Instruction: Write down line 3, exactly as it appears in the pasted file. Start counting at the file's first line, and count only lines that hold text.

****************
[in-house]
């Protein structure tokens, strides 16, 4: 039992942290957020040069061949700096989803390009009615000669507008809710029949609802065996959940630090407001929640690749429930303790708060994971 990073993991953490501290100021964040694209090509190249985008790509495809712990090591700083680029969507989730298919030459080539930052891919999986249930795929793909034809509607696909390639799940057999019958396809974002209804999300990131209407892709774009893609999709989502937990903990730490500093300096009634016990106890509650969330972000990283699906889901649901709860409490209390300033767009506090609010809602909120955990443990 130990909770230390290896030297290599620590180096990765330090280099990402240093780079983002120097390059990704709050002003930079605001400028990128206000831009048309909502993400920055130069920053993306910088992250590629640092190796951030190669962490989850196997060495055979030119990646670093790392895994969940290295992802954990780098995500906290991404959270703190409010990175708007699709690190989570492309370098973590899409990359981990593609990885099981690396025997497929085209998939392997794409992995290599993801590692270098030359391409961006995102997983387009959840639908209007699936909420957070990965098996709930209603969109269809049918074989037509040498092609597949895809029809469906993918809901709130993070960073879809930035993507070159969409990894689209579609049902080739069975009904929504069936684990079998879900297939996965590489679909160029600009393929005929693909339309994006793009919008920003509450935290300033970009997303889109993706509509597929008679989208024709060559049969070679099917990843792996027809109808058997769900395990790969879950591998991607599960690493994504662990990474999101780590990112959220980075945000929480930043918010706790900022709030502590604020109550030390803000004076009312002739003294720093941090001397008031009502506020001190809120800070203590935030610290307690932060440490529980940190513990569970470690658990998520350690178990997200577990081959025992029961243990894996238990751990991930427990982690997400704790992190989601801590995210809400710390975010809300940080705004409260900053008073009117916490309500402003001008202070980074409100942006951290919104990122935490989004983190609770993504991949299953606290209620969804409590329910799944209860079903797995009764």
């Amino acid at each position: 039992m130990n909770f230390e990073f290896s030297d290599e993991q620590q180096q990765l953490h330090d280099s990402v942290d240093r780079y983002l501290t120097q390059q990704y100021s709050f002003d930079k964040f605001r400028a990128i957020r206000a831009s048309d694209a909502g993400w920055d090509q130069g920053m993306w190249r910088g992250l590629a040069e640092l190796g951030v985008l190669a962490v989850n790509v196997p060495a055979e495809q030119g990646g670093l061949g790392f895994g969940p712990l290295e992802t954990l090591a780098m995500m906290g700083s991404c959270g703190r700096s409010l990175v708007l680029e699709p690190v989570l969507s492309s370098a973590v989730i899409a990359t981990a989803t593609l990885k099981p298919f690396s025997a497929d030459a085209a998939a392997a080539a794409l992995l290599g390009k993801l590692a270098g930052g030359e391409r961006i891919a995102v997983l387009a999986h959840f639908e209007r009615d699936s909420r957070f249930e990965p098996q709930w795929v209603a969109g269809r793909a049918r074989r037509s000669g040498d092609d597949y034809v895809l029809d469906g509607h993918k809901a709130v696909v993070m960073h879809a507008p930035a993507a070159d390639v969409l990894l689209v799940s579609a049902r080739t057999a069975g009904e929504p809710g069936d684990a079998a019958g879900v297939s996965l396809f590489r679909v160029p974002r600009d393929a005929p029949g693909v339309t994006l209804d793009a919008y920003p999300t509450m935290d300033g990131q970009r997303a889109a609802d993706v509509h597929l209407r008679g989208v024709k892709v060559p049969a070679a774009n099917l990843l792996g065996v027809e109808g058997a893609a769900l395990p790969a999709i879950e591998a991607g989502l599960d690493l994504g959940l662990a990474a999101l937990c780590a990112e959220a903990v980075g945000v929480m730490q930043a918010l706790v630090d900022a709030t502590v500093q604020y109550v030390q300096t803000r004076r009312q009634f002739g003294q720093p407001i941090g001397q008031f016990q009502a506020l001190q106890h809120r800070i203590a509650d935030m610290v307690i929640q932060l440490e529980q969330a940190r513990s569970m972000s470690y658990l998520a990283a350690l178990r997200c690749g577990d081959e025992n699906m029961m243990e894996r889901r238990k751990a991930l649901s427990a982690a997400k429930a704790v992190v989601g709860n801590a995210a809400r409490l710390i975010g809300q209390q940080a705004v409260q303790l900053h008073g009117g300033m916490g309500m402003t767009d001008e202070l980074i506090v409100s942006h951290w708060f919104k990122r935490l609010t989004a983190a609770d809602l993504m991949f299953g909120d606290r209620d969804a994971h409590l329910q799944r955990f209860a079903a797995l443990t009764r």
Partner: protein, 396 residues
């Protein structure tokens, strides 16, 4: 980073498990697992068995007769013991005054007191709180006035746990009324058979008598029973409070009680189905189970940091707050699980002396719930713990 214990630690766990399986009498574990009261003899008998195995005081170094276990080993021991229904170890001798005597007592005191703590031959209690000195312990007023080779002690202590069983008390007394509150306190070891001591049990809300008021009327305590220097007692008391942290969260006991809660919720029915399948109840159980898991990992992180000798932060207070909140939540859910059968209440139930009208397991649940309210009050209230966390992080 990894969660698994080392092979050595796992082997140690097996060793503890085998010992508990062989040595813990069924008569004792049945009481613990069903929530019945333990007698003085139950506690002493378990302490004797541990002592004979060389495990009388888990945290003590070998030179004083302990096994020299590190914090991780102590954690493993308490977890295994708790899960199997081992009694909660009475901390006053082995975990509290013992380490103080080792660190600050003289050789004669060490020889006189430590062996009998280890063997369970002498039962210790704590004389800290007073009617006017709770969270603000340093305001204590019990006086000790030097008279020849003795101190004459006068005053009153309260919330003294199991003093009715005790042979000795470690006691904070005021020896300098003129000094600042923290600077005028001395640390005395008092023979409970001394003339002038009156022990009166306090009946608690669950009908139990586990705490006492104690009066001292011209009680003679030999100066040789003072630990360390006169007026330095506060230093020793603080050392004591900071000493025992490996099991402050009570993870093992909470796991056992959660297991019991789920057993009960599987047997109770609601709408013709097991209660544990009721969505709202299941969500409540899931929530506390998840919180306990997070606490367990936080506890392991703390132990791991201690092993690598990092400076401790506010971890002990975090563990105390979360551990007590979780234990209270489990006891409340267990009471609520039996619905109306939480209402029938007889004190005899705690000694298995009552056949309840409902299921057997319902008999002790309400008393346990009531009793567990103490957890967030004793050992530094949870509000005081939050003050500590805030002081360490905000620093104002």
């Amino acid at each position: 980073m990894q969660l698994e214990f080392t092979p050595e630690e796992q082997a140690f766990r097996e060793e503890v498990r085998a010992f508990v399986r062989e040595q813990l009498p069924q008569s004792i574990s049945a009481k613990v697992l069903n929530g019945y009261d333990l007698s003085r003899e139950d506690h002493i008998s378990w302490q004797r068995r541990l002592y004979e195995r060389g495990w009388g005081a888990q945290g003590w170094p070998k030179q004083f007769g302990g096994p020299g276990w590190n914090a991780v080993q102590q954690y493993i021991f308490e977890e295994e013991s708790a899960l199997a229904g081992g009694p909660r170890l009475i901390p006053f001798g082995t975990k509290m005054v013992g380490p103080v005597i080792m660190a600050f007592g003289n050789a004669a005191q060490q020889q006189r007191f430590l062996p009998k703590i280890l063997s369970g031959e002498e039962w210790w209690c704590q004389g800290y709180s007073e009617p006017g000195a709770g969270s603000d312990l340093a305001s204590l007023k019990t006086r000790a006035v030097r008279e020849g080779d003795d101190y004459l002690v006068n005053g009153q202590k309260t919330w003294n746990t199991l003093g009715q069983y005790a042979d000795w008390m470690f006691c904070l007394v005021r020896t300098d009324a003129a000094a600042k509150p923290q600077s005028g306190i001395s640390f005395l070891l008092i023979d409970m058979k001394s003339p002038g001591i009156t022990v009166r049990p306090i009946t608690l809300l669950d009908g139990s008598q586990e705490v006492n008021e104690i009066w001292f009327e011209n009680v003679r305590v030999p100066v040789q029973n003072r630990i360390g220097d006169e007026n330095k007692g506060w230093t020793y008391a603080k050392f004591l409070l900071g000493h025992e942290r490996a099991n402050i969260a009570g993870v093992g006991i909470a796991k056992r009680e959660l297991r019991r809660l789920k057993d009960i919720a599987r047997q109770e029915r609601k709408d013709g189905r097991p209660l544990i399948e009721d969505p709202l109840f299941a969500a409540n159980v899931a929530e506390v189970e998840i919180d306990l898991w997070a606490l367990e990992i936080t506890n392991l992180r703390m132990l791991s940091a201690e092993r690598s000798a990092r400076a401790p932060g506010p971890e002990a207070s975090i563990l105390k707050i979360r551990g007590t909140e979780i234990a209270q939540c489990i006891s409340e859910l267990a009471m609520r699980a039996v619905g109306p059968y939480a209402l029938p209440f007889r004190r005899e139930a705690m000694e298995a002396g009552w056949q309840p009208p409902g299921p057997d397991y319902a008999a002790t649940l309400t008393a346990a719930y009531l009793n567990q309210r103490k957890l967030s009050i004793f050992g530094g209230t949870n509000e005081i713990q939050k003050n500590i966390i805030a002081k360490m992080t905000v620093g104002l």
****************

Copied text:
């Amino acid at each position: 039992m130990n909770f230390e990073f290896s030297d290599e993991q620590q180096q990765l953490h330090d280099s990402v942290d240093r780079y983002l501290t120097q390059q990704y100021s709050f002003d930079k964040f605001r400028a990128i957020r206000a831009s048309d694209a909502g993400w920055d090509q130069g920053m993306w190249r910088g992250l590629a040069e640092l190796g951030v985008l190669a962490v989850n790509v196997p060495a055979e495809q030119g990646g670093l061949g790392f895994g969940p712990l290295e992802t954990l090591a780098m995500m906290g700083s991404c959270g703190r700096s409010l990175v708007l680029e699709p690190v989570l969507s492309s370098a973590v989730i899409a990359t981990a989803t593609l990885k099981p298919f690396s025997a497929d030459a085209a998939a392997a080539a794409l992995l290599g390009k993801l590692a270098g930052g030359e391409r961006i891919a995102v997983l387009a999986h959840f639908e209007r009615d699936s909420r957070f249930e990965p098996q709930w795929v209603a969109g269809r793909a049918r074989r037509s000669g040498d092609d597949y034809v895809l029809d469906g509607h993918k809901a709130v696909v993070m960073h879809a507008p930035a993507a070159d390639v969409l990894l689209v799940s579609a049902r080739t057999a069975g009904e929504p809710g069936d684990a079998a019958g879900v297939s996965l396809f590489r679909v160029p974002r600009d393929a005929p029949g693909v339309t994006l209804d793009a919008y920003p999300t509450m935290d300033g990131q970009r997303a889109a609802d993706v509509h597929l209407r008679g989208v024709k892709v060559p049969a070679a774009n099917l990843l792996g065996v027809e109808g058997a893609a769900l395990p790969a999709i879950e591998a991607g989502l599960d690493l994504g959940l662990a990474a999101l937990c780590a990112e959220a903990v980075g945000v929480m730490q930043a918010l706790v630090d900022a709030t502590v500093q604020y109550v030390q300096t803000r004076r009312q009634f002739g003294q720093p407001i941090g001397q008031f016990q009502a506020l001190q106890h809120r800070i203590a509650d935030m610290v307690i929640q932060l440490e529980q969330a940190r513990s569970m972000s470690y658990l998520a990283a350690l178990r997200c690749g577990d081959e025992n699906m029961m243990e894996r889901r238990k751990a991930l649901s427990a982690a997400k429930a704790v992190v989601g709860n801590a995210a809400r409490l710390i975010g809300q209390q940080a705004v409260q303790l900053h008073g009117g300033m916490g309500m402003t767009d001008e202070l980074i506090v409100s942006h951290w708060f919104k990122r935490l609010t989004a983190a609770d809602l993504m991949f299953g909120d606290r209620d969804a994971h409590l329910q799944r955990f209860a079903a797995l443990t009764r």